Ten Month Countdown to Retirement

Starting this month, I’ve got a 10-month countdown to retirement. I was reminded of that when I got a brochure in the mail for the University of Wisconsin 7th Annual Update and Advances in Psychiatry. It’s scheduled for October 11-12, 2019 at the Monona Terrace, which is the usual location.

I’ve received these announcements in the mail every year for longer than 7 years. I’ve never had the time to make it to a single of these meetings. I’ve always been on duty. I’m not sure why they are advertising them as though they started only 7 years ago.

I can remember getting an announcement in 2009 in which the title of the update was Nontrivial Neuropsychiatric Nourishment from Noble Notable Nabobs. How’s that for a sense of humor? There were several like that prior to 2009 but I never kept the brochures. I haven’t seen any brochures like that for the last seven years.

I don’t know who came up with the humorous titles. I wonder if it was Dr. Jefferson. I noticed this year’s brochure had an In-Memoriam notice about James W. “Jeff” Jefferson, MD, who has been a luminary of psychiatry for decades. He was also a major presenter at these psychiatry advances meetings. He was active in psychiatry for over 50 years.

And me? I’m retiring after a much shorter career, by comparison. I’ve been running all over the hospital as a Consult-Liaison Psychiatrist during the busiest time in academic medical centers everywhere–July and the early part of August when senior medical students become full-fledged resident physicians. Newly-minted doctors tend to request many psychiatric consultations. On average I’m putting close to 4 miles and 30-odd floors on my step counter (with C-L psychiatrists, maybe it’s not the years but the miles that count—literally). I’ve not taken vacation during the past 2 years of my current phased retirement contract—and don’t plan one for this final year.

That reminds me of time in 2012 when my wife, Sena, and I went to Madison, Wisconsin on a vacation, the first in a long time. The residents were wondering when I was going to get away. Madison is a great place to visit and we lived there briefly when I took a stab at private practice.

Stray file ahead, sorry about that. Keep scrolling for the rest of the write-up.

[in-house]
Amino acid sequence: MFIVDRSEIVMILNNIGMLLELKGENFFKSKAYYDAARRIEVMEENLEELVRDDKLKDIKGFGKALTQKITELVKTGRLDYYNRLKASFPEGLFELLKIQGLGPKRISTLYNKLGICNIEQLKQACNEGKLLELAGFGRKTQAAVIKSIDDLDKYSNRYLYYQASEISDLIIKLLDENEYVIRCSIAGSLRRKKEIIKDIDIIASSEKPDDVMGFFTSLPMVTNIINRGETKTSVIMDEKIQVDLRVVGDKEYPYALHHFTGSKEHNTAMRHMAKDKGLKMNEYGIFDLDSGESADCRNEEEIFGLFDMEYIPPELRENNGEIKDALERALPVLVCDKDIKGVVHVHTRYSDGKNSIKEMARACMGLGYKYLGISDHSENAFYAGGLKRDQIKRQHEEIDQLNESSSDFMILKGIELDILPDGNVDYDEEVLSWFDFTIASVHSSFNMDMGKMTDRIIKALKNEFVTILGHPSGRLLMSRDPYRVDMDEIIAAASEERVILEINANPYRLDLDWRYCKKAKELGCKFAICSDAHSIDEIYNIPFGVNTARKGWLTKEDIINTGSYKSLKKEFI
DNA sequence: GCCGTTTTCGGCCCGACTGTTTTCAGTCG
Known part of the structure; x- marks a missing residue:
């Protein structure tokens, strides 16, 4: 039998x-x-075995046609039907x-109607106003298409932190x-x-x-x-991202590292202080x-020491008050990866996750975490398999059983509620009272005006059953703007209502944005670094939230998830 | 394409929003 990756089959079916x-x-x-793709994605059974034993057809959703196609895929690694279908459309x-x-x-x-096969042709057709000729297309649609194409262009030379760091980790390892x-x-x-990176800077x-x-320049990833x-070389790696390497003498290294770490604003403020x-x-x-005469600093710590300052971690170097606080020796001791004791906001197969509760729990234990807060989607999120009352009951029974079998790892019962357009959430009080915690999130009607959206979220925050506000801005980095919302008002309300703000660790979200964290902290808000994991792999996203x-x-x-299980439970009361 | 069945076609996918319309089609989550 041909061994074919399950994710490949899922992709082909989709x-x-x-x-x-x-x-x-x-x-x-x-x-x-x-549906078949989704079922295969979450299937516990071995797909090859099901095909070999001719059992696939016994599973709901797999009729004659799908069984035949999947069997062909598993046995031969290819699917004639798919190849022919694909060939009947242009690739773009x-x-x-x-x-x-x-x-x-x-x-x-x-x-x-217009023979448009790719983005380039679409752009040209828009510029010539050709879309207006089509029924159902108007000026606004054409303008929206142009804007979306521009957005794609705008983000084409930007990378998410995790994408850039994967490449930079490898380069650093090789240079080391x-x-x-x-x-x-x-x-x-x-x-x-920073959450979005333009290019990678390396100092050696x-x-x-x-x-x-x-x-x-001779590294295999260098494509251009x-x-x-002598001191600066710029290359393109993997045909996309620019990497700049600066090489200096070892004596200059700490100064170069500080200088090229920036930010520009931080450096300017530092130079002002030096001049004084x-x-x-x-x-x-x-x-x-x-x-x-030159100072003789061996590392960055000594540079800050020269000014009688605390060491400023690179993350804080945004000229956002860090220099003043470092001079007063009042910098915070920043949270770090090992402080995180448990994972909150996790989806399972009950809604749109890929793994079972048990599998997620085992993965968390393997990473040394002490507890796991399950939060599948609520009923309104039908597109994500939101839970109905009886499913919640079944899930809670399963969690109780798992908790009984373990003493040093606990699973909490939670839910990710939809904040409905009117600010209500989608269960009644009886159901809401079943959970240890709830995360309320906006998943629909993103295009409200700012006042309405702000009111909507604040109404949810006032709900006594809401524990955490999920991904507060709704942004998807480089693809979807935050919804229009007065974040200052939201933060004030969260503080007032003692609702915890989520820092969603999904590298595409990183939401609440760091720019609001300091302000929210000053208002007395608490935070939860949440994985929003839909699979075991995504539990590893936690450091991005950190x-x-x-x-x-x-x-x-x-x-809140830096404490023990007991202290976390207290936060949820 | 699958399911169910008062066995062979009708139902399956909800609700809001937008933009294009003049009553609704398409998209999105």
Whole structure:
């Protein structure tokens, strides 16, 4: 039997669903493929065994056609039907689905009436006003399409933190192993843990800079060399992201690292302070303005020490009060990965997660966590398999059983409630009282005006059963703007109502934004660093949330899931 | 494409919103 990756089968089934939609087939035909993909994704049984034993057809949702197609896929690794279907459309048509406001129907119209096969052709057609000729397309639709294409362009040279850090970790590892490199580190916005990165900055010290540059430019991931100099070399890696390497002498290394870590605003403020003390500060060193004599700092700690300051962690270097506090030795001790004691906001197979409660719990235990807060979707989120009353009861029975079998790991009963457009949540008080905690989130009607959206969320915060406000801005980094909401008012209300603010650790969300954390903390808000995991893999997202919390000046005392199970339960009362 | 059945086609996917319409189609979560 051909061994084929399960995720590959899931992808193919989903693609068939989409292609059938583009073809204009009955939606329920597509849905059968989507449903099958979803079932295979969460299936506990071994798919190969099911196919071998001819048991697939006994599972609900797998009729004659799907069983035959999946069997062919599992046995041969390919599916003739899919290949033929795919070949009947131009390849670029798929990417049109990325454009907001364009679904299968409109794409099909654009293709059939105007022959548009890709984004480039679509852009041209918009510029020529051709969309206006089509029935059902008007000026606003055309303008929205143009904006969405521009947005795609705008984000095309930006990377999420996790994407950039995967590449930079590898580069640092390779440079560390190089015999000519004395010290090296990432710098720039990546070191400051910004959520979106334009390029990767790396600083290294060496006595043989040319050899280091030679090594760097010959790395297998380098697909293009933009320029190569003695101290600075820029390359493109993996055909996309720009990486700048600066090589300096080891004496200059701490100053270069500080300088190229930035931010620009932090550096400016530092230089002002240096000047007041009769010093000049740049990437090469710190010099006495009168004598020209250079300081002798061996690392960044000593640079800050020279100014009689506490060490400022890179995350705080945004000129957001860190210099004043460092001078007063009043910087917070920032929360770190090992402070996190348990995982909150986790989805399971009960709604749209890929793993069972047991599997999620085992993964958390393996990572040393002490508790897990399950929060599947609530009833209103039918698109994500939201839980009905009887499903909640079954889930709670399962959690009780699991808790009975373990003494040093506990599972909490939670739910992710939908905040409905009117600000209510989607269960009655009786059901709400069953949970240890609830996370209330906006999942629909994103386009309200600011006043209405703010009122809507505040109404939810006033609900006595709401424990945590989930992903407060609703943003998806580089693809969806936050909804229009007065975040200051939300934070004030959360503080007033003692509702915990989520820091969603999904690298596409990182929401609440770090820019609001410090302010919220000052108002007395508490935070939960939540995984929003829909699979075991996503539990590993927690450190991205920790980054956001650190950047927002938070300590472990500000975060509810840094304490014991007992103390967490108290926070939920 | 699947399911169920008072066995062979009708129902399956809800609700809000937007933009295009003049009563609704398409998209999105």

We stayed at the Monona Terrace, which gives a great view of Lake Monona. We loved Olbrich Botanical Gardens. We rented a couple of bikes at Machinery Row Bicycles and rode all the way to Olbrich. The rental bikes were a far sight more affordable than a lot of the ones you could buy. Many were priced at several thousand dollars.

And I found an old copy of Robbins Pathologic Basis of Disease at Browzers Bookshop on State Street. I used that book as a medical student. My class used the nearly 7 pound red 3rd edition containing 1,467 pages. This book is hailed as an outstanding foundational text, which it is. Dr Stanley Robbins has been eulogized as an exacting editor who championed writing of the type espoused by Will Strunk in The Elements of Style.

Not to be picky, but the book contained the phrase “not excessively rare” in reference to some process or disease which I can’t recall. I do recall that a majority of our class howled about this verbiage, which seemed the antithesis of what Strunk tried to teach.

You could see a lot of interesting sights on State Street. During a previous visit, we saw a guy walking down the middle of the street with a rattlesnake coiled on his head, wore it like a hat.

We had a lot of fun in Madison. It’s that kind of relaxed, good time that I want to retire to. Ten months to go.

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